Several years ago when I was working as a safety professional for a utility company, I served most of out-state Missouri. Within my territory was one work location in a town with the population of just over 60,000. The supervisor, who organized the safety meetings, had a goal to bring in one outside speaker per month. He defined an outside speaker as someone outside of the immediate work group. The speaker could be from another part of the company or from outside the company altogether. I first thought this was a lofty goal, one that couldn’t be met. Yet, year after year, I saw outside speakers come to safety meetings, one per month. I saw conservation agents, doctors, police chiefs, local coaches, eagle scouts, OSHA reps., managers from other plants, safety professionals from other companies, industry experts, etc. What I really saw were results!

The bottom line is his people listened to these outside speakers. They were new, different, fresh, entertaining and had a story to tell that no one had heard. They key is to organize a small sub-committee for outside speakers. Brainstorm a list of potential candidates. Guide and coach the speaker about what you do and how he/she can help with your overall safety efforts. Tie the outside speaker’s message back to your hazards and your safety. And…get results!

2 Professional Speakers

Why wouldn’t we, twice a year, bring in a professional speaker to make our people laugh, cry, interact and learn more about critical concepts such as team building, leadership, accountability, responsibility? One word cost! But let’s really look at cost.

Let’s say for example, that your employees make 20.00 per hour (many trades and skilled craft are twice this amount) and the employees benefit package is another $20.00 per hour. Then it costs you $20.00 per employee for a half hour safety meeting. But wait, production, tools, materials and overhead are often at least a 5:1 ratio of salary. So, when adding that, it costs you $100.00 per employee for every half hour safety meeting! But wait one more minute, Louis J. DiBerardinis in his book, Handbook of Occupational Safety and Health writes, “The average direct and indirect cost of an employee injury accident is $20,000. This translates into the company having to generate $200,000 in sales/services at a 10% profit margin, or $400,000 at a 5% profit margin, to pay for a $20,000 accident.”

In short, the cost of a professional speaker is pennies compared to the cost of a weekly safety meeting and/or injury—the real question is, can you afford not to? When looking at professional speakers get a short list of potential speakers then request a presentation package from each. Check references. Expect a presentation outline from the speaker so that the speakers message is consistent with your objectives. Finally, work with the speaker to identify key themes, tools and catchphrases so that the momentum from the presentation will continue for weeks and months.

2 Appreciation Days

I have never received too many phone calls from my boss telling me that I am doing a great job! I am yet to talk to someone who tells me they are over appreciated at work or at home. Carve out two safety meetings a year to appreciate your work group. This can take many forms and you may want to consider a sub-committee who takes the lead to plan these meetings. Whether it is an end-of-the-day meeting with ice cream, a fun awards luncheon or pies in the manager’s face, appreciate your people!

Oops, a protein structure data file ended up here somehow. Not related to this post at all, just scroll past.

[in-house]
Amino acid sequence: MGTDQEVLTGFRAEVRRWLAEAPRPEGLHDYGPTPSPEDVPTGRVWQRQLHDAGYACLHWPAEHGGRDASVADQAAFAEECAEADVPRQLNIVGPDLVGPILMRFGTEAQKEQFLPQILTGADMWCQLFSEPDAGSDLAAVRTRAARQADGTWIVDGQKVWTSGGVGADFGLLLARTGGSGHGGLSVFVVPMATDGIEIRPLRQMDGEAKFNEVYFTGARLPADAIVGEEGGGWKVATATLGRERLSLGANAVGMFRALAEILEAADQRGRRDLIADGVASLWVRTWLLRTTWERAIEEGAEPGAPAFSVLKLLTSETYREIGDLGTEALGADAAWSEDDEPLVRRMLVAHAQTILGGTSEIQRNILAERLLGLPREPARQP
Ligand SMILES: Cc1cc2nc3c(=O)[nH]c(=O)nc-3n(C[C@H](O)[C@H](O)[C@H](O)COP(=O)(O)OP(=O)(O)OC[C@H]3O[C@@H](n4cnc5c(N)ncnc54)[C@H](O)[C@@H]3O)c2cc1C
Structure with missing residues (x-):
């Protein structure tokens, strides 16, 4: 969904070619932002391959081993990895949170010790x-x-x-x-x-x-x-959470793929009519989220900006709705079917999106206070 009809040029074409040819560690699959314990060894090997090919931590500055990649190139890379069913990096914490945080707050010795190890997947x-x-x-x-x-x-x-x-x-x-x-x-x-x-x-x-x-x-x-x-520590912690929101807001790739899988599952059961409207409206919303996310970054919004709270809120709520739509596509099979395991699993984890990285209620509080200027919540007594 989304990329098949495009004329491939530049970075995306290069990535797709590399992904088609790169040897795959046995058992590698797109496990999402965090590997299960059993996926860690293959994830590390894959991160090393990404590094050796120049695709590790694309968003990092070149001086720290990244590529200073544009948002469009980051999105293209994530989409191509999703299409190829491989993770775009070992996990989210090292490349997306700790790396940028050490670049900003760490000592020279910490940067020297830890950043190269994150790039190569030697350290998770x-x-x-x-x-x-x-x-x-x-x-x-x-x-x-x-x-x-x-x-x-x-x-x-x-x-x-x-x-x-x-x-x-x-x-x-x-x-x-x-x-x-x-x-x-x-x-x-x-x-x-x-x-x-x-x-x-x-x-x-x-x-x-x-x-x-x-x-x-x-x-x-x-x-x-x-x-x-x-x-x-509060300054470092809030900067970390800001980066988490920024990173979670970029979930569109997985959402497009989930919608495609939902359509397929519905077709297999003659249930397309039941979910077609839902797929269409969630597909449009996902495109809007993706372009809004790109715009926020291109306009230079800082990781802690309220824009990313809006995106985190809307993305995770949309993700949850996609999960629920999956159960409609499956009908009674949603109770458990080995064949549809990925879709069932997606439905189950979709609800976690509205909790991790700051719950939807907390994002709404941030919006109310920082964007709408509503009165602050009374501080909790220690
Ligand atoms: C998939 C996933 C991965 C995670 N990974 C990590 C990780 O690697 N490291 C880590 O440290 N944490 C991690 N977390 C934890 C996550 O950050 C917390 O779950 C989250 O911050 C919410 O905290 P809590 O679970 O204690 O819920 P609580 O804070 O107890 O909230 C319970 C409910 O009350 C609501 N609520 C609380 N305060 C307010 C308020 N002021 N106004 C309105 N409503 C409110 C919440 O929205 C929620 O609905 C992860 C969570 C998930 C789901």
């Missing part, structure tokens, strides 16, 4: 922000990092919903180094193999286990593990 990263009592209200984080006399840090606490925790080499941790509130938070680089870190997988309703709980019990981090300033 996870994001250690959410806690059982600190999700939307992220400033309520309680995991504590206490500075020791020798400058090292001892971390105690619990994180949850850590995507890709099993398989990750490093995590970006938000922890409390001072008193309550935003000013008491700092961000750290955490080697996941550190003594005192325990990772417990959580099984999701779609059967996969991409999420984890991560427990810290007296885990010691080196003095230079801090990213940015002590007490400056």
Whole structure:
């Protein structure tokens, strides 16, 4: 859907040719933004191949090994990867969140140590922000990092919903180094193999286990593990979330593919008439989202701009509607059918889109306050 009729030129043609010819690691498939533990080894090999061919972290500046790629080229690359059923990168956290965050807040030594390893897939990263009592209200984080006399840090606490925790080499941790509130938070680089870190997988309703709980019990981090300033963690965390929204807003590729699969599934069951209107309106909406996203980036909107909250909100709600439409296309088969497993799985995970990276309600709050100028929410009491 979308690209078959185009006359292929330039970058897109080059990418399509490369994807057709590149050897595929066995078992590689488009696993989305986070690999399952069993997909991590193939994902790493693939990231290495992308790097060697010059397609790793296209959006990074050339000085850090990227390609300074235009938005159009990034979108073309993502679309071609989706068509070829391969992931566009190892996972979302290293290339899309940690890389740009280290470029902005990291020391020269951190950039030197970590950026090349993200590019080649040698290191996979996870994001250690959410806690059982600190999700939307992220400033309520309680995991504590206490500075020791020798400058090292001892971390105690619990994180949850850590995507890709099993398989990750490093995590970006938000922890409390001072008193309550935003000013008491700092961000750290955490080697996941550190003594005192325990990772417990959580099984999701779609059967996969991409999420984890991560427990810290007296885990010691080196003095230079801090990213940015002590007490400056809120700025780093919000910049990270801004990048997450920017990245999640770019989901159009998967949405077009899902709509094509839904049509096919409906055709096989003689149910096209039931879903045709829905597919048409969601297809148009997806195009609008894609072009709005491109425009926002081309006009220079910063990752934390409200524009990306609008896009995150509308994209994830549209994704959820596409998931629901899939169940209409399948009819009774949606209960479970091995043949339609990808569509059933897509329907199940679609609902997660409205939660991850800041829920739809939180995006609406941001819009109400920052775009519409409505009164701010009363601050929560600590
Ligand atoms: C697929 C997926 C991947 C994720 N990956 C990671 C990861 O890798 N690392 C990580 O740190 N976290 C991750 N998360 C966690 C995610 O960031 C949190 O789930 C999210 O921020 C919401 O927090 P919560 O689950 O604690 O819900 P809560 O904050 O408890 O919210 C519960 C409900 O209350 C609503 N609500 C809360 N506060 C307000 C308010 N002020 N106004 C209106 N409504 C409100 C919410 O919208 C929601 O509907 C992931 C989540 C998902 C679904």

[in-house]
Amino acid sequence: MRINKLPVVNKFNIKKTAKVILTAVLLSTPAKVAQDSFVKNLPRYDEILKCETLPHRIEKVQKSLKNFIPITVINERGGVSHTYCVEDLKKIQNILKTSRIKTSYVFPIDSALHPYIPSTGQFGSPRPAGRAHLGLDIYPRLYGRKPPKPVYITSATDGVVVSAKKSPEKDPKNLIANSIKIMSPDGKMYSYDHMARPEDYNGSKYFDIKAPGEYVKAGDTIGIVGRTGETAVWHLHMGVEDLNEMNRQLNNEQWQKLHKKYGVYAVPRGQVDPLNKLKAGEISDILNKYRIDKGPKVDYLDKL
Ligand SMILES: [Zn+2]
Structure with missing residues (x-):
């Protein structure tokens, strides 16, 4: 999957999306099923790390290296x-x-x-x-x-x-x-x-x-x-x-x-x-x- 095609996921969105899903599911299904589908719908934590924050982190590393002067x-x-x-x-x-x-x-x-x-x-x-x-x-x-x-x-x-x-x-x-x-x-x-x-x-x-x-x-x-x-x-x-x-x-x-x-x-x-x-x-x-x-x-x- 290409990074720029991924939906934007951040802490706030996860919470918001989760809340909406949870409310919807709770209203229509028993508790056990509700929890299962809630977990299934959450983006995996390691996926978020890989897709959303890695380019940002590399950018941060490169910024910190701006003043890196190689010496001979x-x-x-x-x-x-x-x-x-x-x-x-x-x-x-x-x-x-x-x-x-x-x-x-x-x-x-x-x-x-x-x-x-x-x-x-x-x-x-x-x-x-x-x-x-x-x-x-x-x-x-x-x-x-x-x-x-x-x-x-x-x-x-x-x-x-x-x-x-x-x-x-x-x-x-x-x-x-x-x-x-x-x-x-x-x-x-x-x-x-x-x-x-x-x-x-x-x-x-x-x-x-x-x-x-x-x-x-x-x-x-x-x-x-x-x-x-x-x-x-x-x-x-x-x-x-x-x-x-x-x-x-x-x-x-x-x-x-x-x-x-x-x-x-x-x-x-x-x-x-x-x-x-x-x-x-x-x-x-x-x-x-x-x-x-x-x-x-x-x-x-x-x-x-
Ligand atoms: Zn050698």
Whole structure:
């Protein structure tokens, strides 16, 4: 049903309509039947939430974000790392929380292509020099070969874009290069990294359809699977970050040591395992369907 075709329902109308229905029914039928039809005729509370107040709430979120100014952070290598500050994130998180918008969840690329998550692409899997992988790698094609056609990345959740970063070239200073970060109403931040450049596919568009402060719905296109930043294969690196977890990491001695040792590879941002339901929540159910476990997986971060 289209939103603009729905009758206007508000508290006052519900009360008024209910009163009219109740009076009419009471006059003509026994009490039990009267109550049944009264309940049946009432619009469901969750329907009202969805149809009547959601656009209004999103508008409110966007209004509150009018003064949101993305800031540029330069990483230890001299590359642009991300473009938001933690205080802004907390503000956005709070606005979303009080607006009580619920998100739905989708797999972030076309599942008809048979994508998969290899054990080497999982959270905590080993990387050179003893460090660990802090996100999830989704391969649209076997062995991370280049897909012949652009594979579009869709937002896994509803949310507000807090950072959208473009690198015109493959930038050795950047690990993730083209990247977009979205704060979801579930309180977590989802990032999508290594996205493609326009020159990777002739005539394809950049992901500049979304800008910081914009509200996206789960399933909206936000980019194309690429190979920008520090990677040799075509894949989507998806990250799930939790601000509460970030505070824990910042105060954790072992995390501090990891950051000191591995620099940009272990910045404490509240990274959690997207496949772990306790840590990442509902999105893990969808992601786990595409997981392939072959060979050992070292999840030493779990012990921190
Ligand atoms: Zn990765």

4 Safety Updates and/or Incident Reviews

What is the most common injury on our property? What day of the week are we most likely to get hurt? Are more people injured before or after vacation? What were the key recommendations from the last near miss or incident summary? These are facts, figures and data on the desk of safety staff members and managers but it is all information that needs to be on the minds of our workers. Knowledge coupled with awareness is so very important and can lead to injury reduction. These safety meetings, once per quarter, are must-dos.

4 Upper Manger Reviews

It doesn’t matter where I am speaking, or to what industry, if I ask what is the biggest ‘knock’ against our upper management in terms of safety, the response is the same; lack of feedback and face time! To that end, plug your manager, vice president, or other senior leaders, into your safety meeting schedule on a quarterly basis. When these leaders are in front of your group, coach them to be vulnerable. Keith Ferrazzi, business leader & author, defines vulnerability as “The courage to reveal your inner thoughts, warts and all, to another person.” If your senior leaders can take that risk, around an incident in their garage, an experience with one of their children or an injury when they were younger, that will go a long way in creating the trust and credibility needed for long-term success.

Well, now you have it, 52 safety meetings—an outline for an entire year. Yes, it’s a lot to think about, a year of safety meetings, but remember you are not alone. In the coming weeks put together a sub-committees, as needed, to support this effort. Meet with your safety and training staff to discuss. Talk to your senior leadership about their role. Safety meetings are a foundational part of safety, but they don’t have to be ‘traditional.’ Remember, what you invest is what you will get back!

Matt Forck directs Safestrat, www.safestrat.com